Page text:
As I needed the breastplate to have a more gentle angle, I looked at a five point breastplate. This one I was most happy with. The sheepskin pads and girth attachments helped reduce the downwards pressure at the pommel, so I felt there was less pressure near his sternum and point of shoulders.

As well as the research done by Fairfax about breastplates affecting jumping, I think it would be more interesting to use the biomechanics technology to see the effect that different styles of breastplates and breastgirths on horses of a variety of stamps – for example, warmbloods, thoroughbreds, and cobs – has on their jumping and where the pressure points are. After all, it would be lovely to be able to had a breastplate which only puts pressure on the horse when needed, but we can’t all justify the price tag, and indeed not all horses are super fit eventers. However it would be great to educate the average horse owner in the pros and cons of different style pieces of tack so that we can do best by our horses.

A Rhythmical Approach

There’s this horse that I was schooling for her owner who is best described as quirky. I’ve never really been aware, but she’s actually a very difficult horse to ride. Not because she’s particularly strong or nappy, or naughty or anything. But because you have to ride the whole spectrum with her. She can be really lazy and disengaged in the arena, then suddenly spook and do a snorting dragon impression whilst piaffing. She can be moving beautifully laterally and then change her mind and throw in a buck. So you have to have a huge range of tools and be quick to react to her behaviour at that particular moment in time. Because it will change in a flash.

This makes it hard to explain to someone else how to ride. You know, some horses you can sum up with “very quick off the leg but doesn’t spook” or “needs a lot of leg and seat to get canter”. But with this mare she can be everything within the same five minutes!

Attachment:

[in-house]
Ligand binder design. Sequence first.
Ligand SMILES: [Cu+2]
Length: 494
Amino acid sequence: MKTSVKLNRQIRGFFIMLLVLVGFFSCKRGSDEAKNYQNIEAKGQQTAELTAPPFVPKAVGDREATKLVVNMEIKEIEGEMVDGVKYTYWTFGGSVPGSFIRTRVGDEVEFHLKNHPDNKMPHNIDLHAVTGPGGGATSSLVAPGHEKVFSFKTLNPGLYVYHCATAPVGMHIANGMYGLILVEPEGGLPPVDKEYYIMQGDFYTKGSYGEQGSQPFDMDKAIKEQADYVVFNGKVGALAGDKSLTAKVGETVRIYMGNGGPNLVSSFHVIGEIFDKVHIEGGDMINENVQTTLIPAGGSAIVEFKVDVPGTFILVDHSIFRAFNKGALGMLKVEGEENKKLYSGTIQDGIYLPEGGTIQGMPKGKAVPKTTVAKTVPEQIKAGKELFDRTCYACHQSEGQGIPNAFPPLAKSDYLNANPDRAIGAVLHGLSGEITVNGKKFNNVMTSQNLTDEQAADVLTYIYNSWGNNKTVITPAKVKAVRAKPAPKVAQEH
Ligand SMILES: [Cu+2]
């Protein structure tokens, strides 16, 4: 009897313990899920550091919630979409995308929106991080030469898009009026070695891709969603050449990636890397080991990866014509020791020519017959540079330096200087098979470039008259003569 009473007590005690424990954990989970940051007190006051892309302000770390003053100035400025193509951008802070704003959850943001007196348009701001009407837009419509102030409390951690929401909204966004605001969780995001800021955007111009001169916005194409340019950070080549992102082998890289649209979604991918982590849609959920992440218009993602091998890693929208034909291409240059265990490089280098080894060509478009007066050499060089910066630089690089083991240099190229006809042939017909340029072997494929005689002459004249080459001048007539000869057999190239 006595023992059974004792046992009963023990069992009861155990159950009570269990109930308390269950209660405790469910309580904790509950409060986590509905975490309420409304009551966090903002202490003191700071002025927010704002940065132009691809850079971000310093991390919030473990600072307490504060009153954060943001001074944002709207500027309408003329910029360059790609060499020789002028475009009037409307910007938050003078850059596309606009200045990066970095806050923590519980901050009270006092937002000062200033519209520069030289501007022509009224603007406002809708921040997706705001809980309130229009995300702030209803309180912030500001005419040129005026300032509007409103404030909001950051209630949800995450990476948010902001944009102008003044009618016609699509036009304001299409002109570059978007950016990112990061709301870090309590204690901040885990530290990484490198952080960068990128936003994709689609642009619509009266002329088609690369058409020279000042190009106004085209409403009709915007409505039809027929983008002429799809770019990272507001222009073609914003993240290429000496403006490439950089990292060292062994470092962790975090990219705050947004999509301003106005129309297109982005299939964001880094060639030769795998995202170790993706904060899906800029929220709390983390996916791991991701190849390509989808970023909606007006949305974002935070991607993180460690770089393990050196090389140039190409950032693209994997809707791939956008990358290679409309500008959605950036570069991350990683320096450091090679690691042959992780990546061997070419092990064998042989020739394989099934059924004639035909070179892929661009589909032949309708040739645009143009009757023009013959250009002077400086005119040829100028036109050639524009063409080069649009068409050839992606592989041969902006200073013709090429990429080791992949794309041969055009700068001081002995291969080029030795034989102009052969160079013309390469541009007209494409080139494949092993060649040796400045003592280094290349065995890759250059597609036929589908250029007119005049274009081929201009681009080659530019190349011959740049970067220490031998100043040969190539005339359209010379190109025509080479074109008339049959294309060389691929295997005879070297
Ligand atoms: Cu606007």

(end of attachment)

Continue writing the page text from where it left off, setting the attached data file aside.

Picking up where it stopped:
So I’ve enlisted a couple of friends to ride her under my supervision. I can tell them which buttons to press to get the best out of the mare on the day, and I can explain what exercises work best. There is a very fine balancing act too, between getting the mare working in a good rhythm with impulsion and straight, without her toys coming out the pram and her putting on the brakes, particularly in the canter.

I’ve had the girls jumping a lot because this mare really benefits from more complicated exercises, which to be frank can be a pain to set up on your own, and I like to get the mare thinking about the question rather than her usual cock-sure approach coloured poles.

One of last week’s exercises began as a series of canter poles. On the approach to fences it can be really tricky to find the right canter – three time, not too fast and flat, yet energetic. Then on the last few strides it can so easily go out the window. I felt that this exercise would help my rider get the feel of this delicate balance, whilst also making the mare stay in the correct canter rhythm.

After working over the poles in both directions I put up a cross pole. So there were three canter poles before a cross pole and then a landing pole to keep the mare’s focus after the fence.

It took a few goes in order to stop her rushing, or backing off, and to keep the rhythm in the canter throughout the exercises. My rider found that a walk to canter transition followed by a small circle and short approach helped create a lovely canter to the poles, and then the poles dictated the canter.

I built the cross higher and then turned it into an upright and then after removing the landing pole, an oxer. As the jump got bigger the mare had more of a tendency to change her canter on the approach – flattening, rushing and leaving her hindquarters behind her. Which made it harder for her to bascule correctly.

Its a very useful exercise to help riders learn to ride a rhythmical approach, and to be able to keep the canter together. Quite often, they’ll apply the leg to commit to the jump and a horse will be rushed out of their rhythm and lose the quality of the canter. When you have a horse as delicate to balance as this, the poles give a helping hand. Now this rider has got the feeling for approaching a jump with this mare which will help her get the best jump from her.